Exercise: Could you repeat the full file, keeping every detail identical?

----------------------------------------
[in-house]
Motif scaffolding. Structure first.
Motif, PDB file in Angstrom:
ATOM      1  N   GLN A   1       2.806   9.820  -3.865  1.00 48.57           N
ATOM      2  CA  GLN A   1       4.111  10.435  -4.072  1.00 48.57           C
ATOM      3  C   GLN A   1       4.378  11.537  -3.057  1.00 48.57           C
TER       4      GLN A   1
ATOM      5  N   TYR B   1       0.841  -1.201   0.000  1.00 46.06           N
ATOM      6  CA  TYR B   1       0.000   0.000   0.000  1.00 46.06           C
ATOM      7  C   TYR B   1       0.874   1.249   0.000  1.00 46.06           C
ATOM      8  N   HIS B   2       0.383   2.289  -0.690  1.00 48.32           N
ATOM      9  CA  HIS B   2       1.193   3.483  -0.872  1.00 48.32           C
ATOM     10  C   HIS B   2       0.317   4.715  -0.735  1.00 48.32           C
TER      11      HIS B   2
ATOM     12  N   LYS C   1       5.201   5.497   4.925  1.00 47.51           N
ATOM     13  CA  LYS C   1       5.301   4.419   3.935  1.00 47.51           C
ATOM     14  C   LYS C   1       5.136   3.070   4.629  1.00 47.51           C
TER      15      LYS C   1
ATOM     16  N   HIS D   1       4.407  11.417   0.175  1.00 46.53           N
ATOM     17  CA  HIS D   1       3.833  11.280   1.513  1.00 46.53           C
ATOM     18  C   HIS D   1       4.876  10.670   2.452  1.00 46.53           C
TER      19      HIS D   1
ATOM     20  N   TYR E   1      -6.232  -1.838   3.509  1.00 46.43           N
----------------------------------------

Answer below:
[in-house]
Motif scaffolding. Structure first.
Motif, PDB file in Angstrom:
ATOM      1  N   GLN A   1       2.806   9.820  -3.865  1.00 48.57           N
ATOM      2  CA  GLN A   1       4.111  10.435  -4.072  1.00 48.57           C
ATOM      3  C   GLN A   1       4.378  11.537  -3.057  1.00 48.57           C
TER       4      GLN A   1
ATOM      5  N   TYR B   1       0.841  -1.201   0.000  1.00 46.06           N
ATOM      6  CA  TYR B   1       0.000   0.000   0.000  1.00 46.06           C
ATOM      7  C   TYR B   1       0.874   1.249   0.000  1.00 46.06           C
ATOM      8  N   HIS B   2       0.383   2.289  -0.690  1.00 48.32           N
ATOM      9  CA  HIS B   2       1.193   3.483  -0.872  1.00 48.32           C
ATOM     10  C   HIS B   2       0.317   4.715  -0.735  1.00 48.32           C
TER      11      HIS B   2
ATOM     12  N   LYS C   1       5.201   5.497   4.925  1.00 47.51           N
ATOM     13  CA  LYS C   1       5.301   4.419   3.935  1.00 47.51           C
ATOM     14  C   LYS C   1       5.136   3.070   4.629  1.00 47.51           C
TER      15      LYS C   1
ATOM     16  N   HIS D   1       4.407  11.417   0.175  1.00 46.53           N
ATOM     17  CA  HIS D   1       3.833  11.280   1.513  1.00 46.53           C
ATOM     18  C   HIS D   1       4.876  10.670   2.452  1.00 46.53           C
TER      19      HIS D   1
ATOM     20  N   TYR E   1      -6.232  -1.838   3.509  1.00 46.43           N